Organization Creates and Donates Tricycles for Kids Who Can't Ride Bikes
There’s nothing like a bike ride for simple pleasure, fun, and a feeling of freedom. Now one organization is working to make that pleasure available to everyone.
National AMBUCS, Inc. got its start as a business club (the acronym stands for AMerican BUsiness Clubs) in the early 1920s. By the middle of the century, the mission had solidly shifted toward providing services for people with disabilities.
Fast-forward a few decades to the ‘90s, when pediatric physical therapist Sue Haywood had begun using a specialized adaptive tricycle to help her clients become stronger and more mobile. As is often the case, resources at her facility were limited, and each kid got only a little time on the trike each week. Those minutes were helpful, but Haywood knew that to make real progress (and have real fun), the kids would be better off having their own trikes at home.
She approached her local AMBUCS chapter with a suggestion: Why not make the trikes and give them away? AMBUCS was all over it.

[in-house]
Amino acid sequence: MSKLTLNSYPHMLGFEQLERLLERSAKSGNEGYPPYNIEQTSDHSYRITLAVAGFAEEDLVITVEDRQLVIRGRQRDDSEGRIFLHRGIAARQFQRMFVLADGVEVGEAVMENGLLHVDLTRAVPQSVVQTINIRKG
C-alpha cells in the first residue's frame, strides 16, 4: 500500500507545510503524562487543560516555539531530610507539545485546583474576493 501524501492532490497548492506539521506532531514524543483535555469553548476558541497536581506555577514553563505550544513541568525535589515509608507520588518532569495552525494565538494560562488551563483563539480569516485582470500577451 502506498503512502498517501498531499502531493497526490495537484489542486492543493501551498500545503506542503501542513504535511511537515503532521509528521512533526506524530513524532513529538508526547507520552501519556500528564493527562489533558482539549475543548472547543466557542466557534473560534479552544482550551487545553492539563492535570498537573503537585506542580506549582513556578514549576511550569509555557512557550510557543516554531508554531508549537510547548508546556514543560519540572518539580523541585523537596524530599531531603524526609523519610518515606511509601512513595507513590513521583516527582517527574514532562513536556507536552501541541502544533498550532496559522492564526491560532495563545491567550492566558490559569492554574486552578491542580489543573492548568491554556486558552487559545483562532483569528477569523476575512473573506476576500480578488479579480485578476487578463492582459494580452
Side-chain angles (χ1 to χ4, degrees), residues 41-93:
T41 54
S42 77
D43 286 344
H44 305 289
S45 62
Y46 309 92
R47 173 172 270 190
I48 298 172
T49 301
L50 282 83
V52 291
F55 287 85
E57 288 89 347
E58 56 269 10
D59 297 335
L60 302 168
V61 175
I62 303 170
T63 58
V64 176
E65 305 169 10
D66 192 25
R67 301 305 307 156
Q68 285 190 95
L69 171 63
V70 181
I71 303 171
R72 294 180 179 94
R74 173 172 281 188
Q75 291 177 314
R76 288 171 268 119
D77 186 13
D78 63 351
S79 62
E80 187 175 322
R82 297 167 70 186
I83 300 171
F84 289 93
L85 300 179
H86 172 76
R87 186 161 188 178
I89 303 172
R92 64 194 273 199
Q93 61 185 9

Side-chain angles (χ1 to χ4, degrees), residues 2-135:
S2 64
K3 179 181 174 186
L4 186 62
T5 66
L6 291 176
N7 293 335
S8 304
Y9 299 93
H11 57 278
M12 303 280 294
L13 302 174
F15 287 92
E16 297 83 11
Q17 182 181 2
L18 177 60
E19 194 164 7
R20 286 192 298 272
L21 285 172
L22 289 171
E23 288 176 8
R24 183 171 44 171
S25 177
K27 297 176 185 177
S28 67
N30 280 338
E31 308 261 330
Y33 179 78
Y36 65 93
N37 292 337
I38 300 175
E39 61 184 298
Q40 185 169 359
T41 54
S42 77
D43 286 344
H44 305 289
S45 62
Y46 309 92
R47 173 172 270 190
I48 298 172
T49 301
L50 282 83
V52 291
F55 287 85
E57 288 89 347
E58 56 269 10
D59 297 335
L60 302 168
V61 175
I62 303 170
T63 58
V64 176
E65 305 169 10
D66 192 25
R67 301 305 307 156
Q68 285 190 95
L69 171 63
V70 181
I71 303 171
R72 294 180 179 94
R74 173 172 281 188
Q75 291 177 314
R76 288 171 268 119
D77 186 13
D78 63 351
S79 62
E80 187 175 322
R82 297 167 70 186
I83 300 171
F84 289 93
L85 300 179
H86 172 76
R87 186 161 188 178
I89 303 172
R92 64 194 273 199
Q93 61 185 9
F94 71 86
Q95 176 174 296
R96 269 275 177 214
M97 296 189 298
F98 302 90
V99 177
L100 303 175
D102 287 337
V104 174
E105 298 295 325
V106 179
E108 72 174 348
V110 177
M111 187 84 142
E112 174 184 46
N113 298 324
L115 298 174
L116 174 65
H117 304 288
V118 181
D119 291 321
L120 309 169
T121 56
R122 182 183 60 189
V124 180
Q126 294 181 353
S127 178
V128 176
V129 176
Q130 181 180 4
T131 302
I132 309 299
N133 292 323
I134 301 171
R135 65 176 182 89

As AMBUCS continued to grow, so did Amtryke. Today, nearly every one of the 144 local chapters makes and delivers trikes to kids and adults with disabilities.
There are 15 different models; some can be pedaled by hand, some by foot, and some by both. Trikes are assigned based on riders’ abilities and therapeutic needs [PDF]. The chapters work closely with physical therapists to pair kids and adults with sweet rides and to make sure they get the most out of them.
At last count, chapter members have given away more than 30,000 tricycles.
To nominate a rider in your life to the Amtryke wish list, check out the AMBUCS website.
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